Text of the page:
I have to concur with Eagle on the subject of the Mesbah-1's effectiveness. Each piece of equipment is only as useful as the sum of it's parts.
It's actually somewhat unique in terms of modern VSHORAD because it's static; the emphasis in most modern systems is on mobility since this translates into survivability against weapons like the HARM. Iran however has based it's AD-network around "islands" of relatively short-ranged systems like the HAWK and HQ-2 entrenched in semi-hardened facilities supported by handfuls of 23 and 35 mm guns on concrete pads. For better or for worse, the Mesbah-1 fits in pretty well with this strategy.
There's no point in making the Mesbah-1 comparable to the SA-15 or SA-22 in terms of mobility because anything they'd be tasked with protecting wouldn't be moving that fast anyway. The role of the Mesbah-1 within Iran's IADS network is to protect air-defence bases from the inevitable SEAD/DEAD which would be directed their way, which, as Eagle pointed out, just happened in Libya. Thusly because mobility can't be utilized, everything has to be invested in making sure cruise missiles and PGMs can't get through. We've already seen this strategy to some extent utilized in wargames surrounding strategic sites which utilize waves of radar-guided AAA. It's actually antithetical to much of the grand strategy utilized in Iran's naval and ground warfare doctrine which emphasizes mobility and passive evasion (for instance, look at AShMs) which I think is extremely odd. Then again, it does fit in well with the idea of localized defence nodes that are independent of larger networks for protection.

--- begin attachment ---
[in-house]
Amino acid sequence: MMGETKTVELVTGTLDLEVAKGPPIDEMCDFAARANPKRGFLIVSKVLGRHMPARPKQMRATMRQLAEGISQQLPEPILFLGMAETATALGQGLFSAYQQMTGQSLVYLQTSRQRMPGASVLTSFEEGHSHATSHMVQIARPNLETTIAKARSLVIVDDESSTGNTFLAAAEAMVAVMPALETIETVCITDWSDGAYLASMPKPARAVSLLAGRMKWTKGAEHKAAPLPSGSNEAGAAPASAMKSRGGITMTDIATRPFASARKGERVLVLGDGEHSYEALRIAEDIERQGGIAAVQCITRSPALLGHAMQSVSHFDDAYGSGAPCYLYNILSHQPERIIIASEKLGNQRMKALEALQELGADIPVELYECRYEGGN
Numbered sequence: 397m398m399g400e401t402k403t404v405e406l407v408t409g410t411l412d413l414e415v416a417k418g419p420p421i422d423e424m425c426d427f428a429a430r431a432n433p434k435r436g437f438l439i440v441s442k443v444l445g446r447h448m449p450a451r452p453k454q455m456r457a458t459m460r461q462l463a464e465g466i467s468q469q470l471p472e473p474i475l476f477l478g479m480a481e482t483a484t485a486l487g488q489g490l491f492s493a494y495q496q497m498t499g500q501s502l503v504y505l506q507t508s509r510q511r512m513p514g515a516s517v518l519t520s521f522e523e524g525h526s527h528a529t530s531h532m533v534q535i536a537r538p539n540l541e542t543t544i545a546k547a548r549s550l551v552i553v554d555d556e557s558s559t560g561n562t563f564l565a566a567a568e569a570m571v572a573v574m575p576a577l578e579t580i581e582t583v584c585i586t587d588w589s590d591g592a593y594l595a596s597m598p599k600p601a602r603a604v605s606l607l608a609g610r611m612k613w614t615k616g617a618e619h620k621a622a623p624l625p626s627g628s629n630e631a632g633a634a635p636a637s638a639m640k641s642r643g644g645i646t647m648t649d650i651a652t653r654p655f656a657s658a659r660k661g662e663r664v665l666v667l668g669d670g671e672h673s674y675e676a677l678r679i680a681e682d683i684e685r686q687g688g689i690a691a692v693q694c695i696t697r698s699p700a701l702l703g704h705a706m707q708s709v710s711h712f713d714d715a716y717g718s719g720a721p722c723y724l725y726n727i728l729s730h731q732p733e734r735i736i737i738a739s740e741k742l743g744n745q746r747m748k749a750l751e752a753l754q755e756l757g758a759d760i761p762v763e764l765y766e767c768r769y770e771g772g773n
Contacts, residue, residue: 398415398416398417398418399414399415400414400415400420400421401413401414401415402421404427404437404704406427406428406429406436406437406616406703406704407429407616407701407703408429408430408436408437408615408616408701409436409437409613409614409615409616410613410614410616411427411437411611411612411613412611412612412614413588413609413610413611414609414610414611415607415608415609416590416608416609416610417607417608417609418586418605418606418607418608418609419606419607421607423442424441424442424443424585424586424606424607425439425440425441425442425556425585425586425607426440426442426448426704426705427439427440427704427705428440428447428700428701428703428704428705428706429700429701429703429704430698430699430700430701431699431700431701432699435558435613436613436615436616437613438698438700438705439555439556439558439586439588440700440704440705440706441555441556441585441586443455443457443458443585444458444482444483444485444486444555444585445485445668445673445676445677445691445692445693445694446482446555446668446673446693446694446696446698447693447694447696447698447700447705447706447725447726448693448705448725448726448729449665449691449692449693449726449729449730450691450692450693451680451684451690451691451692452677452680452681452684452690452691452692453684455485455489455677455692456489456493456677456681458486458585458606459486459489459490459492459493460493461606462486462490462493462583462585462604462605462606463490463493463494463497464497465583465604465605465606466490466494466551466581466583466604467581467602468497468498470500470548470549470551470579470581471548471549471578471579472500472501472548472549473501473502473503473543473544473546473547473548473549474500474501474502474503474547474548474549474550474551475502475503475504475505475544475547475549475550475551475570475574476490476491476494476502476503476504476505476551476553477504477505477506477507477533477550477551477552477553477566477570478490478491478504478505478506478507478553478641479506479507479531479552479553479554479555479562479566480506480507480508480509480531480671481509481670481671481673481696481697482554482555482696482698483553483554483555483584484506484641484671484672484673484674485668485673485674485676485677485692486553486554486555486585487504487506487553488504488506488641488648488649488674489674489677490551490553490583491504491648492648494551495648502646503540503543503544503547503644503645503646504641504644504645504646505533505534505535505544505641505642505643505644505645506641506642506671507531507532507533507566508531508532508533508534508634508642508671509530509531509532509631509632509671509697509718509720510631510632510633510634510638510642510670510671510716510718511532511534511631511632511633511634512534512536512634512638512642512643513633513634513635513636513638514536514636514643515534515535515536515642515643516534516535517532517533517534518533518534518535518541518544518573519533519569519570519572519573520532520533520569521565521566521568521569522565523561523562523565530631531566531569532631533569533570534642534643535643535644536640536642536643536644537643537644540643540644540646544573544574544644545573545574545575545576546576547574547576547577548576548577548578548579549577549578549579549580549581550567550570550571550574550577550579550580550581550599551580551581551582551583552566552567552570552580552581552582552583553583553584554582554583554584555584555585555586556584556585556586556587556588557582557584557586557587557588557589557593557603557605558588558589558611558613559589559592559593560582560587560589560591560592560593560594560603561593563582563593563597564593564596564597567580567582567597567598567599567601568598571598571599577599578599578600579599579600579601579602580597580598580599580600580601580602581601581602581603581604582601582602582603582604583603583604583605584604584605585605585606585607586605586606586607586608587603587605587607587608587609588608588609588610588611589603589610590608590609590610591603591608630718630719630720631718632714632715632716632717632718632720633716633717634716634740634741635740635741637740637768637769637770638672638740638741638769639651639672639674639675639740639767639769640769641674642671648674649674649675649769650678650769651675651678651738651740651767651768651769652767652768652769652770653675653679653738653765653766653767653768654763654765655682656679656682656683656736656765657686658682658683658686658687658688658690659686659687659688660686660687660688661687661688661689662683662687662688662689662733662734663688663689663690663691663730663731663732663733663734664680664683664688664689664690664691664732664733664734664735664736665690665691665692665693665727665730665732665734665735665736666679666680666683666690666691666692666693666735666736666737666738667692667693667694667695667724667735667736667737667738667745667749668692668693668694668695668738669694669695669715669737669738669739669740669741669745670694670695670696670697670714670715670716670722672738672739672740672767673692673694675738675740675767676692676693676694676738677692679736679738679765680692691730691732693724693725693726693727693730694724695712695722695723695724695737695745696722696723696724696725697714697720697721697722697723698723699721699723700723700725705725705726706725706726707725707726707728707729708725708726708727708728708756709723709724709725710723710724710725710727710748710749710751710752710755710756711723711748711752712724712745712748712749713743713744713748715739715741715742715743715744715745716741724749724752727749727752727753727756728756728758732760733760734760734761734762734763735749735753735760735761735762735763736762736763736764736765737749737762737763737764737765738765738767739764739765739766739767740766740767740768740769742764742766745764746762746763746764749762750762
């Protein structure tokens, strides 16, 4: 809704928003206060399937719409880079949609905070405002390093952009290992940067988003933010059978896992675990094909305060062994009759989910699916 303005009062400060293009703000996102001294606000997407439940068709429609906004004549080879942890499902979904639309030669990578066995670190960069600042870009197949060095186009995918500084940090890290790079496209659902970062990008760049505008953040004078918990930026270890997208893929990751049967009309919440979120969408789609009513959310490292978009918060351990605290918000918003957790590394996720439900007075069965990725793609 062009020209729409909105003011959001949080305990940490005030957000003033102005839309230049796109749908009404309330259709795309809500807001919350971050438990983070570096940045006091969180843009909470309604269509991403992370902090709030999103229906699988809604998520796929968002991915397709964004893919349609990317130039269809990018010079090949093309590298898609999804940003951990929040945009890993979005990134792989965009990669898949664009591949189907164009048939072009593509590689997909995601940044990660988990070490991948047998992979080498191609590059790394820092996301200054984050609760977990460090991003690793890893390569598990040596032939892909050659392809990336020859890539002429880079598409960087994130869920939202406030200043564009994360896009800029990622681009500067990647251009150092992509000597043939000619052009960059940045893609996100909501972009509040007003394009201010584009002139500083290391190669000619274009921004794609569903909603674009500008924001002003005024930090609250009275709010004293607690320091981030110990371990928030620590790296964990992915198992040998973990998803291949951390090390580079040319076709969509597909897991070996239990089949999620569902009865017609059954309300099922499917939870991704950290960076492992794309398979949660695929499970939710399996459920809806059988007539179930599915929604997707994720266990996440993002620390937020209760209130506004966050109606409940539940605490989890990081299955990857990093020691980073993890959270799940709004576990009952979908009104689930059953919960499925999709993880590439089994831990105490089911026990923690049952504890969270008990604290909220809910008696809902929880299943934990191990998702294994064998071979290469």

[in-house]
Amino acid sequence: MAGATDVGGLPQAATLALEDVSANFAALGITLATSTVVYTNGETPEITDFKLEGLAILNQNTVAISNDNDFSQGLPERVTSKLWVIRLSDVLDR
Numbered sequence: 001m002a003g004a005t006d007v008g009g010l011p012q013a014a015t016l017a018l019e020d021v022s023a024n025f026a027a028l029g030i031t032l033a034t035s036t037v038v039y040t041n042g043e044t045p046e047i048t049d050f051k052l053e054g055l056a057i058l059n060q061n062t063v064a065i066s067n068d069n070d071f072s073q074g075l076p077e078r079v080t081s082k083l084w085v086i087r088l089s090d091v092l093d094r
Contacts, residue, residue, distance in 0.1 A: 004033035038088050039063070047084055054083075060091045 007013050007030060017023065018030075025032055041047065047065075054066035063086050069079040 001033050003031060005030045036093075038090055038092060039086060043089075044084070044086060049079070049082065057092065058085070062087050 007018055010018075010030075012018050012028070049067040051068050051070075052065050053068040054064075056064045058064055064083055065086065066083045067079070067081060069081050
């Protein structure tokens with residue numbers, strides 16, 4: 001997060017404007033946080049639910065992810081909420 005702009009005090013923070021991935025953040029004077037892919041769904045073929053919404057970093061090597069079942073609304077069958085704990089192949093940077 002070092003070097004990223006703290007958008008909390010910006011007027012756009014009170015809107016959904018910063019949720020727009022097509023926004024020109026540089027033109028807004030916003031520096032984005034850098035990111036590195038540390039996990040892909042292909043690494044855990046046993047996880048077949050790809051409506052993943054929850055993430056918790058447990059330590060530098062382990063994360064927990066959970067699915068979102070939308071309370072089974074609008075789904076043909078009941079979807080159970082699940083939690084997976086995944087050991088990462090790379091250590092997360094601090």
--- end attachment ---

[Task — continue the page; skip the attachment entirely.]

This explanation puts a couple of things I've been thinking about in regard to the Mesbah-1 in a different light:
I was rather surprised that the radar and EO system were mounted in separate vehicles since in most modern systems they're mounted coaxially. Putting it on a separate trailer means another truck to tow it, another generator, more time spent setting it up/taking it down, and so on. Even the Skyguard has an integrated EO/radar trailer. Likewise, I've been wondering where the engagement radar is. Most of the radar-guided AAA systems I can think of off the top of my head use both an engagement and acquisition radar but we have only seen one here and I'd wager it's a general search radar because of the way it's mounted and traverses. Interestingly the same is true for the Samavat (though since we only ever saw one picture of it's radar it can hardly be called conclusive). Maybe the optical system is the primary engagement device rather then simply a backup in case of jamming as is the case for many VSHORAD devices today. In this light, putting them in separate trailers makes perfect sense because mobility isn't expected anyway, and separating the components adds in redundancy to SEAD/DEAD that would be absent if they were both co-located. Permanent passive engagement means that even in event of a successful HARM strike the Mesbah can remain in the battle with just the EO device.
With regard to the identity of the radar, I've been doing some more fishing around and a number of radars that have the same basic configuration of antenna with long horizontal plates arrayed in a column, are given this characteristic shape by using planar array waveguides. (I'm thinking particularly of the 9S18M1, pictured here
). It might be what we're looking at here in the case of Mesbah. I just wish I could dig up information on how the FB-6 actually functions.